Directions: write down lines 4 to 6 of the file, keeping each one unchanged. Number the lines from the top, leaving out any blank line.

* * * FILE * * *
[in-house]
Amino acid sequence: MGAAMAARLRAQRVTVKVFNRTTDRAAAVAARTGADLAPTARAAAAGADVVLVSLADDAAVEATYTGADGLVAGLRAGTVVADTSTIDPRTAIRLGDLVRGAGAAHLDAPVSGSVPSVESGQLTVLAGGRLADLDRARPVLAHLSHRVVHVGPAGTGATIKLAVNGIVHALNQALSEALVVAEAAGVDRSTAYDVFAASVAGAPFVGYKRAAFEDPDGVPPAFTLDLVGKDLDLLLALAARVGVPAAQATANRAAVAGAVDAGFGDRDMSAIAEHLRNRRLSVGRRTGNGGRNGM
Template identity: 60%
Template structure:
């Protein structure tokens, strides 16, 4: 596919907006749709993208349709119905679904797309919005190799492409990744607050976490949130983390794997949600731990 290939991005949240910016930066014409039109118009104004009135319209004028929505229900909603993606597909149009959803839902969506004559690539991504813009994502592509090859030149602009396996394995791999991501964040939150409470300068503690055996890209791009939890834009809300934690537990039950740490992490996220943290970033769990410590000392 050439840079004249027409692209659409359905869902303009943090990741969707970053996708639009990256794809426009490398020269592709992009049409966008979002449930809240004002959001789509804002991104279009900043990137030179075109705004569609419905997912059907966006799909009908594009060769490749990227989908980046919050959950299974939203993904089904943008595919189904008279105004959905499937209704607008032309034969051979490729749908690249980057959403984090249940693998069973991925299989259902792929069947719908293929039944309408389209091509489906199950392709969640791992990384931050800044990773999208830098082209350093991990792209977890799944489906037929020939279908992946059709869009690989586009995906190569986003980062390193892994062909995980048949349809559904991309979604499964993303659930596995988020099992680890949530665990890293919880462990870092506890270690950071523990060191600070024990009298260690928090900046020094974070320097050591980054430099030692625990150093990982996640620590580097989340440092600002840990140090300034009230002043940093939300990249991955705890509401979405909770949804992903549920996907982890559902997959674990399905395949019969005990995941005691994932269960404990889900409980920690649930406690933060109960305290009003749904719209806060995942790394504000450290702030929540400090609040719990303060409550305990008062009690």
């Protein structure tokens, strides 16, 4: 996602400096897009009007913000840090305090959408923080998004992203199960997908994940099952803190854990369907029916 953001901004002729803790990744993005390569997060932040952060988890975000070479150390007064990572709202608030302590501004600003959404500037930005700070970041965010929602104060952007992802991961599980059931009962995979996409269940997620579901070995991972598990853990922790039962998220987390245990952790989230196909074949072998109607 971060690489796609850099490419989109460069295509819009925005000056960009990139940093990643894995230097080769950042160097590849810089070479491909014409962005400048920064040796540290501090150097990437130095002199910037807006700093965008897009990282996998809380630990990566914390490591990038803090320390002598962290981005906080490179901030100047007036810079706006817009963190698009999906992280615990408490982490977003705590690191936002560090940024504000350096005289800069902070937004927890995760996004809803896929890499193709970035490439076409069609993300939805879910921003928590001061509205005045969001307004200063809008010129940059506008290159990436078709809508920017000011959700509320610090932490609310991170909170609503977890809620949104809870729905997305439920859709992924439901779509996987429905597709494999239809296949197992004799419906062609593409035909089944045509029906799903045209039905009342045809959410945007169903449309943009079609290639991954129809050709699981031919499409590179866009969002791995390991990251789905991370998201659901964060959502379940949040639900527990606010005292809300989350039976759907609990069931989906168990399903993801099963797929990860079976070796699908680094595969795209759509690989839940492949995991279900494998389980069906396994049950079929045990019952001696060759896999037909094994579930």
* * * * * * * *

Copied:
Template structure:
């Protein structure tokens, strides 16, 4: 596919907006749709993208349709119905679904797309919005190799492409990744607050976490949130983390794997949600731990 290939991005949240910016930066014409039109118009104004009135319209004028929505229900909603993606597909149009959803839902969506004559690539991504813009994502592509090859030149602009396996394995791999991501964040939150409470300068503690055996890209791009939890834009809300934690537990039950740490992490996220943290970033769990410590000392 050439840079004249027409692209659409359905869902303009943090990741969707970053996708639009990256794809426009490398020269592709992009049409966008979002449930809240004002959001789509804002991104279009900043990137030179075109705004569609419905997912059907966006799909009908594009060769490749990227989908980046919050959950299974939203993904089904943008595919189904008279105004959905499937209704607008032309034969051979490729749908690249980057959403984090249940693998069973991925299989259902792929069947719908293929039944309408389209091509489906199950392709969640791992990384931050800044990773999208830098082209350093991990792209977890799944489906037929020939279908992946059709869009690989586009995906190569986003980062390193892994062909995980048949349809559904991309979604499964993303659930596995988020099992680890949530665990890293919880462990870092506890270690950071523990060191600070024990009298260690928090900046020094974070320097050591980054430099030692625990150093990982996640620590580097989340440092600002840990140090300034009230002043940093939300990249991955705890509401979405909770949804992903549920996907982890559902997959674990399905395949019969005990995941005691994932269960404990889900409980920690649930406690933060109960305290009003749904719209806060995942790394504000450290702030929540400090609040719990303060409550305990008062009690």
């Protein structure tokens, strides 16, 4: 996602400096897009009007913000840090305090959408923080998004992203199960997908994940099952803190854990369907029916 953001901004002729803790990744993005390569997060932040952060988890975000070479150390007064990572709202608030302590501004600003959404500037930005700070970041965010929602104060952007992802991961599980059931009962995979996409269940997620579901070995991972598990853990922790039962998220987390245990952790989230196909074949072998109607 971060690489796609850099490419989109460069295509819009925005000056960009990139940093990643894995230097080769950042160097590849810089070479491909014409962005400048920064040796540290501090150097990437130095002199910037807006700093965008897009990282996998809380630990990566914390490591990038803090320390002598962290981005906080490179901030100047007036810079706006817009963190698009999906992280615990408490982490977003705590690191936002560090940024504000350096005289800069902070937004927890995760996004809803896929890499193709970035490439076409069609993300939805879910921003928590001061509205005045969001307004200063809008010129940059506008290159990436078709809508920017000011959700509320610090932490609310991170909170609503977890809620949104809870729905997305439920859709992924439901779509996987429905597709494999239809296949197992004799419906062609593409035909089944045509029906799903045209039905009342045809959410945007169903449309943009079609290639991954129809050709699981031919499409590179866009969002791995390991990251789905991370998201659901964060959502379940949040639900527990606010005292809300989350039976759907609990069931989906168990399903993801099963797929990860079976070796699908680094595969795209759509690989839940492949995991279900494998389980069906396994049950079929045990019952001696060759896999037909094994579930």